89.6 F
Friday, October 15, 2021

Wiring systems plant opens with plans to hire thousands

Latest headlines

Cozumel’s cruise industry bounces back in a big way

Quintana Roo has come to depend on a steady stream of cruise-goers, to maintain jobs at businesses including restaurants, excursion operators,...

Massimo Bottura’s community dinner is fighting hunger in Refettorio Mérida

Refettorio is a cultural project designed to offer dining experiences through the transformation of surplus ingredients into nutritious and beautiful dishes.

In Europe, Mexican Indigenous organizations denounce the Mayan Train

Indigenous groups from across Mexico, including Yucatán and Quintana Roo, sailed to Europe in what they describe as an invasion of conscience.

A private paradise at your Yucatán country estate

A private country estate is all yours in Yucatán. Contact Eric Partney at Mexico International. Ideal for those...
Yucatán Magazine
Sign up to get our top headlines delivered to your inbox twice a week.

A new factory in Yucatán has been built with environmentally friendly features. Photo: Handout

Mérida, Yucatán — Leoni, a leading European provider of cables and cable systems to the automotive sector and other industries, has officially opened a new, environmentally friendly wiring systems plant here.

The Merida operation will serve customers, including Volvo and General Motors, headquartered in Asia and the U.S. Leoni is recruiting about 2,600 people to work at the new location.

“The new plant in Mérida is a clear sign of our dynamic growth in the Americas,” said Martin Stüttem, a Leoni board member. “We are the first foreign investor to build up a production facility involving such a high number of industrial jobs in the Yucatán region.”

The now inaugurated plant in Mérida is Leoni’s third site for wiring systems in Mexico, after Hermosillo and Durango, which produce wiring harnesses for commercial vehicles and passenger cars. The production scope in Mérida comprises harnesses for a series of passenger car models from a U.S.-based customer and a manufacturer from Asia.

Today, Leoni employs about 500 people in the new facility. In 2018, when the plant is due to run at full capacity, the company expects to count up to 2,600 staff. The new location has a total production area of approximately 25,000 square meters.

Solar energy

By the end of 2017, the plant will be equipped with more than 1,500 solar panels which will provide approximately one-third of its energy. Moreover, the location in Mérida uses a water recycling system, resulting in a daily reduction of needed fresh water of almost 100,000 liters. Leoni is going through the BREEAM certification process, one of the world’s leading sustainability assessment methods for masterplanning projects, infrastructure and buildings.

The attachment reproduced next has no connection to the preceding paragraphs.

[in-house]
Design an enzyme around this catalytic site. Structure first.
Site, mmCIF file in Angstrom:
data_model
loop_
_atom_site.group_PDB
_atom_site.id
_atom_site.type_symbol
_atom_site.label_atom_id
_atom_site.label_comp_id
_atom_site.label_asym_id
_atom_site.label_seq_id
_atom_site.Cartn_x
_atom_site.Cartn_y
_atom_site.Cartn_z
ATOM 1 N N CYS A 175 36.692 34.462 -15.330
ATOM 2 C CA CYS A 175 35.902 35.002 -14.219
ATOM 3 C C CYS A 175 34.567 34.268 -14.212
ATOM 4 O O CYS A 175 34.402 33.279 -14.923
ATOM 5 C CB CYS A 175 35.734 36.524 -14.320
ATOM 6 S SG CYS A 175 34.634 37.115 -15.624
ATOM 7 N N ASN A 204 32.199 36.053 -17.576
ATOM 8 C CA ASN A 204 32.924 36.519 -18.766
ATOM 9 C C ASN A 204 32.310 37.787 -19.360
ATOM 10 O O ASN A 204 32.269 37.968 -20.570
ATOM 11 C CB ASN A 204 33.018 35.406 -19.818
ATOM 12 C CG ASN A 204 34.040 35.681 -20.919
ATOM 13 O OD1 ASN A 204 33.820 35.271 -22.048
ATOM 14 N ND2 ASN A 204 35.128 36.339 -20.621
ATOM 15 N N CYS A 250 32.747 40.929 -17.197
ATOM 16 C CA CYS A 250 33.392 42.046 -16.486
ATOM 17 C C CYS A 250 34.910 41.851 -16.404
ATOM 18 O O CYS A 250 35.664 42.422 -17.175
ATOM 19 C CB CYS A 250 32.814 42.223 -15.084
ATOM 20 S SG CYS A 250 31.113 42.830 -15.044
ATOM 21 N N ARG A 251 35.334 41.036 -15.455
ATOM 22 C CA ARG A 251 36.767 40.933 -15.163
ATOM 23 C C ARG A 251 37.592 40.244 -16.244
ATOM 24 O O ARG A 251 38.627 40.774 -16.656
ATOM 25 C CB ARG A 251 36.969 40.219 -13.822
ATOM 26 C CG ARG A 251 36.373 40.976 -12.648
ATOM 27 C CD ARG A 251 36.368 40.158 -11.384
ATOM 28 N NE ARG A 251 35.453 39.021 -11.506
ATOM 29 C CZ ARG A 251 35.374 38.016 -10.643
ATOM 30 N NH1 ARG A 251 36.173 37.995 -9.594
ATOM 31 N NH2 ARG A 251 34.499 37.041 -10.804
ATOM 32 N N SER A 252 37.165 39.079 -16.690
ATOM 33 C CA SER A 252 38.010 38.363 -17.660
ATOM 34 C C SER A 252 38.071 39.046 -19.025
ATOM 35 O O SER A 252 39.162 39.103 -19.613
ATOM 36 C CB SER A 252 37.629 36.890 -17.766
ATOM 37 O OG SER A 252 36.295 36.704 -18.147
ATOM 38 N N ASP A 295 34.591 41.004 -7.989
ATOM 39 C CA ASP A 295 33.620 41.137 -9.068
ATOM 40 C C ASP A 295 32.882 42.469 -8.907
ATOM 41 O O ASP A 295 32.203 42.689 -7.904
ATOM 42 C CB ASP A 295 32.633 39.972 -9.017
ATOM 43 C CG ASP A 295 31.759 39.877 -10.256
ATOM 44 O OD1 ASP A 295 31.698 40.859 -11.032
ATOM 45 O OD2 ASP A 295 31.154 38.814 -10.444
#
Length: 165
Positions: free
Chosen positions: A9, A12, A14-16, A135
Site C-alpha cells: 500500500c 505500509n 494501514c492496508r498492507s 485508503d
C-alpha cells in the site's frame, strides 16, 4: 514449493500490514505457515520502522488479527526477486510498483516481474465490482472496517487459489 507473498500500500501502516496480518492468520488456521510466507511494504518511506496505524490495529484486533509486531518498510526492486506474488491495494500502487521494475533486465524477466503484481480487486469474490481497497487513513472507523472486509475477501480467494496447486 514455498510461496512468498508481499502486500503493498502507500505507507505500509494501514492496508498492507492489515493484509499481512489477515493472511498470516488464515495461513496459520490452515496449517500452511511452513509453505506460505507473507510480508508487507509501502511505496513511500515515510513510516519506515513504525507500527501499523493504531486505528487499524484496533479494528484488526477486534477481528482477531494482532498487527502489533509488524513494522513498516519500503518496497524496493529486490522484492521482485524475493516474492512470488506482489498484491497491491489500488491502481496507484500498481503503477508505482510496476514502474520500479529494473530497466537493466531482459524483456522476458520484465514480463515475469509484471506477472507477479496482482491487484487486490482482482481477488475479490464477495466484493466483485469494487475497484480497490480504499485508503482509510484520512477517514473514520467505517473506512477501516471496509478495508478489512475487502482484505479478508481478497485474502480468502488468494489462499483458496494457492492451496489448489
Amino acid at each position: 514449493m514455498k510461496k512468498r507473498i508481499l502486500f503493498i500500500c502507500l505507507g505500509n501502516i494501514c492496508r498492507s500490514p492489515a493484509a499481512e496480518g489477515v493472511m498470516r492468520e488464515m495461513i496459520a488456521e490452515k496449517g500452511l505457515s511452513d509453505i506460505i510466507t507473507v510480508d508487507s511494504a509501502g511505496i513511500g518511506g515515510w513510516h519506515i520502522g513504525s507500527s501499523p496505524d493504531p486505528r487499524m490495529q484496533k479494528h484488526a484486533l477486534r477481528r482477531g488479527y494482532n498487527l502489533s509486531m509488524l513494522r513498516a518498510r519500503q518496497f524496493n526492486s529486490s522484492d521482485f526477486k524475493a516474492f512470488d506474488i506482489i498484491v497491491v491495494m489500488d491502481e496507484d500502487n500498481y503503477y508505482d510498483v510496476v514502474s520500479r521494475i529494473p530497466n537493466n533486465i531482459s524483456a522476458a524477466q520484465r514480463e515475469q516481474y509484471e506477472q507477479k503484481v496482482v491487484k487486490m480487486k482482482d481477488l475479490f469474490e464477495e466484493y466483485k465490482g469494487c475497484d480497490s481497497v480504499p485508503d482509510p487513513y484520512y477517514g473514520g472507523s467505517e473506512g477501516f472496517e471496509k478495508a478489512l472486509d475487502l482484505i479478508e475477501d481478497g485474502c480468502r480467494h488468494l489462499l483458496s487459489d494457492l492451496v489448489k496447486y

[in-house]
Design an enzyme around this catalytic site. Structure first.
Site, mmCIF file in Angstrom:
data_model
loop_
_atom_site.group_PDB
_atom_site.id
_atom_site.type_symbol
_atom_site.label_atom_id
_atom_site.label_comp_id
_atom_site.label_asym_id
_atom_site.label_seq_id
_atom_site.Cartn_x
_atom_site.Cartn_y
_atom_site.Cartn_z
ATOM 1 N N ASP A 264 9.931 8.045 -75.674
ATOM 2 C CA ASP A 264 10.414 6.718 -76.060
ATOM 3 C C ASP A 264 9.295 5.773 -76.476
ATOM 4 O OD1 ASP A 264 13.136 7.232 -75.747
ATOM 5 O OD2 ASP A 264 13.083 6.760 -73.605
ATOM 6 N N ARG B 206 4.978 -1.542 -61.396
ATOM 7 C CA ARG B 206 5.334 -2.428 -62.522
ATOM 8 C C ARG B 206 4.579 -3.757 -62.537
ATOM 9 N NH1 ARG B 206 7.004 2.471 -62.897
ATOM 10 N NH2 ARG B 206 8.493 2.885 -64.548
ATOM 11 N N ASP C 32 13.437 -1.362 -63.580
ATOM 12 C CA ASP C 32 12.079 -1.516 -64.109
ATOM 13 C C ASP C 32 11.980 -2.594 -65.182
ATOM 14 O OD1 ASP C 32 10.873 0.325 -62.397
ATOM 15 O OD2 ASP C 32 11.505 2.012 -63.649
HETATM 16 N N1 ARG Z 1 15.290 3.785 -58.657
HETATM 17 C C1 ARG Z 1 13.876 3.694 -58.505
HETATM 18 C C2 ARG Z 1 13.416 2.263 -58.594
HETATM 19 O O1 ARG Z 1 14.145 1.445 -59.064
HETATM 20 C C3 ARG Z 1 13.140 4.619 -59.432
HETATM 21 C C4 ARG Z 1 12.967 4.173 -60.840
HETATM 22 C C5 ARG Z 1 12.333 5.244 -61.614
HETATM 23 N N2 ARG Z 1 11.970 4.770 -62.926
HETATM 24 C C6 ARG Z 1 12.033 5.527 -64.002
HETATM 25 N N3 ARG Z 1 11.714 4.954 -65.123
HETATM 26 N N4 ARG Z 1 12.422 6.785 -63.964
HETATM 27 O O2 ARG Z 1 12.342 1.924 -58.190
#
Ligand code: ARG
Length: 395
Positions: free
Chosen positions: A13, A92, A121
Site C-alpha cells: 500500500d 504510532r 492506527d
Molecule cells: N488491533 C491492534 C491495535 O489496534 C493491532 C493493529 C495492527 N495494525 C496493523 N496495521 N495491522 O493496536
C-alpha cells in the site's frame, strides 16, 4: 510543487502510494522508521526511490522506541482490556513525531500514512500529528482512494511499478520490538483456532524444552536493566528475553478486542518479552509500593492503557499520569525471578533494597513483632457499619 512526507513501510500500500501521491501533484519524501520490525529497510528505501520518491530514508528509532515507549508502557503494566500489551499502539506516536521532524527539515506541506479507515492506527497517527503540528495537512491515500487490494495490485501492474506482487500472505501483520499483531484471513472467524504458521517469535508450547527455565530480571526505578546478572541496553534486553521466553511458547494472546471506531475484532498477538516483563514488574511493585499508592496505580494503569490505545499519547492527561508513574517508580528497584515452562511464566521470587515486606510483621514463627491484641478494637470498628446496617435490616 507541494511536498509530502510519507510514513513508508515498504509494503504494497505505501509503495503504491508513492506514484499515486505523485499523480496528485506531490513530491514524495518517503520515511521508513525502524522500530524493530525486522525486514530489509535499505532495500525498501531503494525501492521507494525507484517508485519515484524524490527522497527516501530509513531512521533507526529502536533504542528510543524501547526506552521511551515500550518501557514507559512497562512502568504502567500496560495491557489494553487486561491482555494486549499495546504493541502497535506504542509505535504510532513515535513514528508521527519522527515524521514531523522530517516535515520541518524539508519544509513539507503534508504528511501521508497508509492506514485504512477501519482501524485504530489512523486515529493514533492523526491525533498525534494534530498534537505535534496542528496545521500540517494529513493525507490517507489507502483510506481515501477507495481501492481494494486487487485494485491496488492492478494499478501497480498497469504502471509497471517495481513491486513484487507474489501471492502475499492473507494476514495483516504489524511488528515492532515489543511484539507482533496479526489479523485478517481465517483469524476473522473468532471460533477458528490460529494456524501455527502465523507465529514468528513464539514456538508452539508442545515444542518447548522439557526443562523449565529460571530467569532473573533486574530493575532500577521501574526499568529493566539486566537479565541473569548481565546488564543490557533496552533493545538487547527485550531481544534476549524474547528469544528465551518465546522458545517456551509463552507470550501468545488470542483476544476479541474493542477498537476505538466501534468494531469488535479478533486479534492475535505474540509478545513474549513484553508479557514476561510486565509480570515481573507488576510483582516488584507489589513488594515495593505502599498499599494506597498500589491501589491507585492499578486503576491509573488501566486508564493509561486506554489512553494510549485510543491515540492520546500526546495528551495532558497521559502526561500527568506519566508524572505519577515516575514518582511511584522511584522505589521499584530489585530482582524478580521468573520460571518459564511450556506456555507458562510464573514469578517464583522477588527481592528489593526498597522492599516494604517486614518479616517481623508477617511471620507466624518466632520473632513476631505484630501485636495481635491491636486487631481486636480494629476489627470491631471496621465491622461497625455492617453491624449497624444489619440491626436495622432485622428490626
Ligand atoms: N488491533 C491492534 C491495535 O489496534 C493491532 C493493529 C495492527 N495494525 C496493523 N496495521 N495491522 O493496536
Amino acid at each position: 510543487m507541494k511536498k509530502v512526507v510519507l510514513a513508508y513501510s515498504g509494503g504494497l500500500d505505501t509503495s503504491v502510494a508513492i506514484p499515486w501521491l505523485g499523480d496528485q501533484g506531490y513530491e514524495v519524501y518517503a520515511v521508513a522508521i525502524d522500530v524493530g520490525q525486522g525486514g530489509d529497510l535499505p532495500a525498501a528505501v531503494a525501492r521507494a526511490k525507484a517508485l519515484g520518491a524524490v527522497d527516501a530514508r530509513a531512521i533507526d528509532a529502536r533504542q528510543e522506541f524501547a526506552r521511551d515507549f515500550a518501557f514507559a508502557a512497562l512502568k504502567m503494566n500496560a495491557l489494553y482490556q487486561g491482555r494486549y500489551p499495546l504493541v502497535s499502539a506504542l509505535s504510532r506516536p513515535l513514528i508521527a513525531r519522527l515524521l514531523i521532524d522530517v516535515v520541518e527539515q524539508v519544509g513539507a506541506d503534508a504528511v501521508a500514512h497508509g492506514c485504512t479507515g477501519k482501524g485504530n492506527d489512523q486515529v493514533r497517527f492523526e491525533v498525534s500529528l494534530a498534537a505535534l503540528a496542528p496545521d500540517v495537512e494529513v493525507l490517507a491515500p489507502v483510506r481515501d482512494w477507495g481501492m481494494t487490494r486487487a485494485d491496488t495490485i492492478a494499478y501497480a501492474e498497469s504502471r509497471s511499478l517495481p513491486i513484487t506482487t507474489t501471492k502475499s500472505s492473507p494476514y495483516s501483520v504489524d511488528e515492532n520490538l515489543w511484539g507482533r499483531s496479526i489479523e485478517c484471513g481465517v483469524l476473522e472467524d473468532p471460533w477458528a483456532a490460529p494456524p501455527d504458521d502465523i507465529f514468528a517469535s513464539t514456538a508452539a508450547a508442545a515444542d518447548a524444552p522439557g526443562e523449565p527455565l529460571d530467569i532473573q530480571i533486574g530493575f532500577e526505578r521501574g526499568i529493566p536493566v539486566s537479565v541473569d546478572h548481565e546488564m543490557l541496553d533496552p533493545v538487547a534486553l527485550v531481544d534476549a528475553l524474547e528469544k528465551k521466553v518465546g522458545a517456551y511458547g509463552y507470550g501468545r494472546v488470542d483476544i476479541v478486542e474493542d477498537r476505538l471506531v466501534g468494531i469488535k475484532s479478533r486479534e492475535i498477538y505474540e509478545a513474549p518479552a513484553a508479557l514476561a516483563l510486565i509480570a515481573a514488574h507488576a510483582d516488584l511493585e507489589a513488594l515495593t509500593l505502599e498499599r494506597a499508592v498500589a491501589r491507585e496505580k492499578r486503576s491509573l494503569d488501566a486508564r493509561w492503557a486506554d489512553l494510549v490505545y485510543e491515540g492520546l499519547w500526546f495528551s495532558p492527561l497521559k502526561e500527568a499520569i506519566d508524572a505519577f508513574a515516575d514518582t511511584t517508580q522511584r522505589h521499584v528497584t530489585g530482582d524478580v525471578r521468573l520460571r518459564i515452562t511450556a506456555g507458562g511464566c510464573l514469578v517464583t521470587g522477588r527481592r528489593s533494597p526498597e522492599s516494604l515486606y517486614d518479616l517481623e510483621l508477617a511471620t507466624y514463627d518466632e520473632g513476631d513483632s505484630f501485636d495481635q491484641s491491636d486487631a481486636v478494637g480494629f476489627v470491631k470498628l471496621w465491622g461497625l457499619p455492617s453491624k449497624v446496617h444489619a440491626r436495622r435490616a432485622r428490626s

In 2018, the Mérida plant expects to contract not only a large number of employees with an operational profile, but also industrial, logistics and quality engineers, technical specialists as well as administrative support personnel. Moreover, Leoni will establish a human resources department here which will support all the plants in the Americas.

Leoni is present in other North and South American countries, operating production facilities as well as offices for research & development and sales in Canada, the U.S., Brazil and Paraguay.

Source: Press release

- Advertisement -
- Advertisement -

More articles

Yucatán’s bars and cantinas forge a new lobbying association

The group, which is now known as Asociación de Cantineros, is already made up of over 120 members but is yet to elect its first president. 

Progreso to host the America’s largest shipyard

Yucatán's Gov. Mauricio Vila Dosal in Trieste Italy with the executive board of the Italian company Fincantieri. Photo: Courtesy

The Dresden Codex, the great Maya book of the stars

The Dresden Codex is a Mayan book believed to be the oldest surviving book written in the Americas, dating to the 11th or 12th century.

How photographer Mike Diaz captures Yucatán’s unique environment

As Mike grew up, he dove back into nature, researching the environment, wildlife, and space. He understood the process he had to follow in order to achieve the photos he dreamed of.

Live music is back at Yucatán’s restaurants and bars

e measure was put in place over a year and a half ago along with a series of other restrictions to help against the spread of COVID-19.

Monument to the Montejo ‘covered in blood’ once again

A group of protesters staged a demonstration in front of the monument to the Montejo, vandalizing it and chanting anti-colonialistic slogans.

Camino del Mayab connects visitors with Yucatán’s remote communities

Photo: Camino del Mayab The Camino del Mayab, a network of trails that begins in Dzoyaxché, spreads out...

Parque De La Alemán — The bustling heart of one of Mérida’s original neighborhoods

The park, which measures about a full city block, features a roller skating rink, a children's playground, a large esplanade with a musical fountain, green areas, and a stage where artistic and cultural events are frequently held.

Yucatán cancels Xmatkuil fair and Hanal Pixán altars at Plaza Grande

The news comes as a disappointment for many who thought that a return to yellow on Mexico’s epidemiological traffic light system would mean more of a return to normal for public events. 

New sterilization campaign in Progreso cracks down on stray animals

The number of stray dogs and cats on the streets and beaches of Progreso has become a public health hazard, admits Mayor Julián Zacarías Curi.